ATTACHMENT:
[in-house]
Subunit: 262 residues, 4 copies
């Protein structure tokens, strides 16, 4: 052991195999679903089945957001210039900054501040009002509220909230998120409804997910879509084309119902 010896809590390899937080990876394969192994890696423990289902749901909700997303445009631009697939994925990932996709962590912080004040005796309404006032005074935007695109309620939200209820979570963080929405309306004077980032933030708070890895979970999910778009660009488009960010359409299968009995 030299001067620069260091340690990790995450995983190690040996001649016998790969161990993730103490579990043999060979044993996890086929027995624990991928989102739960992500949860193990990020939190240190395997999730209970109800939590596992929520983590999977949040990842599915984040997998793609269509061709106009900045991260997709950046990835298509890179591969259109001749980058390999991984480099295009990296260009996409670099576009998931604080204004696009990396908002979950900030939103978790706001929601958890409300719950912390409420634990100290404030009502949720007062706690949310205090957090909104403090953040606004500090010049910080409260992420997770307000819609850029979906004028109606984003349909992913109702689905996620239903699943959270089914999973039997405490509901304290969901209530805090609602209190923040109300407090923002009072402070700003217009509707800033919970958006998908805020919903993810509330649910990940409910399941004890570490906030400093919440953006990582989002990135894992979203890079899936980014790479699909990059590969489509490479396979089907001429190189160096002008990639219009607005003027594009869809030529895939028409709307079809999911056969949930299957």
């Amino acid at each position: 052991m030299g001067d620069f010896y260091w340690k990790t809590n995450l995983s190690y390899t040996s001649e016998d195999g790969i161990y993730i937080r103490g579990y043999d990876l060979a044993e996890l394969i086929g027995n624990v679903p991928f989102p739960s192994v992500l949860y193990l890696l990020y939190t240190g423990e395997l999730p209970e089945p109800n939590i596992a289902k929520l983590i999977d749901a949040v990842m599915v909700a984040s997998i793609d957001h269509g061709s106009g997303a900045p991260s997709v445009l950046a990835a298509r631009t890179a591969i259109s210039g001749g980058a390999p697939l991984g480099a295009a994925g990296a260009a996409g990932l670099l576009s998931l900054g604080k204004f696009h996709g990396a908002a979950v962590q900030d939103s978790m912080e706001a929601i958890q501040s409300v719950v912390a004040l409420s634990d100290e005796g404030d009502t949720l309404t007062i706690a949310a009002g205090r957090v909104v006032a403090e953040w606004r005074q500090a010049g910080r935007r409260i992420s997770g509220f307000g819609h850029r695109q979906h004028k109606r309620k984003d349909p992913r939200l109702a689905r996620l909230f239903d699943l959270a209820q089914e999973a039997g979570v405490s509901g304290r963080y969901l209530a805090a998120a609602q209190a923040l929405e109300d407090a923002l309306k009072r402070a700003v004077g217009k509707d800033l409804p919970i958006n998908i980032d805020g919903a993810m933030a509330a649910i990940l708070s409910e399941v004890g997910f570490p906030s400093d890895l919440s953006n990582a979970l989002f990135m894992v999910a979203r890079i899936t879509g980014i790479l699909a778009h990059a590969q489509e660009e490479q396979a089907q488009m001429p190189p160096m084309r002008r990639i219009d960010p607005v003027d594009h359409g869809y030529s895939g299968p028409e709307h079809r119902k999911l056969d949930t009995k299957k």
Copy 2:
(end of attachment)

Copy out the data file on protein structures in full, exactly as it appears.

[in-house]
Subunit: 262 residues, 4 copies
């Protein structure tokens, strides 16, 4: 052991195999679903089945957001210039900054501040009002509220909230998120409804997910879509084309119902 010896809590390899937080990876394969192994890696423990289902749901909700997303445009631009697939994925990932996709962590912080004040005796309404006032005074935007695109309620939200209820979570963080929405309306004077980032933030708070890895979970999910778009660009488009960010359409299968009995 030299001067620069260091340690990790995450995983190690040996001649016998790969161990993730103490579990043999060979044993996890086929027995624990991928989102739960992500949860193990990020939190240190395997999730209970109800939590596992929520983590999977949040990842599915984040997998793609269509061709106009900045991260997709950046990835298509890179591969259109001749980058390999991984480099295009990296260009996409670099576009998931604080204004696009990396908002979950900030939103978790706001929601958890409300719950912390409420634990100290404030009502949720007062706690949310205090957090909104403090953040606004500090010049910080409260992420997770307000819609850029979906004028109606984003349909992913109702689905996620239903699943959270089914999973039997405490509901304290969901209530805090609602209190923040109300407090923002009072402070700003217009509707800033919970958006998908805020919903993810509330649910990940409910399941004890570490906030400093919440953006990582989002990135894992979203890079899936980014790479699909990059590969489509490479396979089907001429190189160096002008990639219009607005003027594009869809030529895939028409709307079809999911056969949930299957």
């Amino acid at each position: 052991m030299g001067d620069f010896y260091w340690k990790t809590n995450l995983s190690y390899t040996s001649e016998d195999g790969i161990y993730i937080r103490g579990y043999d990876l060979a044993e996890l394969i086929g027995n624990v679903p991928f989102p739960s192994v992500l949860y193990l890696l990020y939190t240190g423990e395997l999730p209970e089945p109800n939590i596992a289902k929520l983590i999977d749901a949040v990842m599915v909700a984040s997998i793609d957001h269509g061709s106009g997303a900045p991260s997709v445009l950046a990835a298509r631009t890179a591969i259109s210039g001749g980058a390999p697939l991984g480099a295009a994925g990296a260009a996409g990932l670099l576009s998931l900054g604080k204004f696009h996709g990396a908002a979950v962590q900030d939103s978790m912080e706001a929601i958890q501040s409300v719950v912390a004040l409420s634990d100290e005796g404030d009502t949720l309404t007062i706690a949310a009002g205090r957090v909104v006032a403090e953040w606004r005074q500090a010049g910080r935007r409260i992420s997770g509220f307000g819609h850029r695109q979906h004028k109606r309620k984003d349909p992913r939200l109702a689905r996620l909230f239903d699943l959270a209820q089914e999973a039997g979570v405490s509901g304290r963080y969901l209530a805090a998120a609602q209190a923040l929405e109300d407090a923002l309306k009072r402070a700003v004077g217009k509707d800033l409804p919970i958006n998908i980032d805020g919903a993810m933030a509330a649910i990940l708070s409910e399941v004890g997910f570490p906030s400093d890895l919440s953006n990582a979970l989002f990135m894992v999910a979203r890079i899936t879509g980014i790479l699909a778009h990059a590969q489509e660009e490479q396979a089907q488009m001429p190189p160096m084309r002008r990639i219009d960010p607005v003027d594009h359409g869809y030529s895939g299968p028409e709307h079809r119902k999911l056969d949930t009995k299957k």
Copy 2: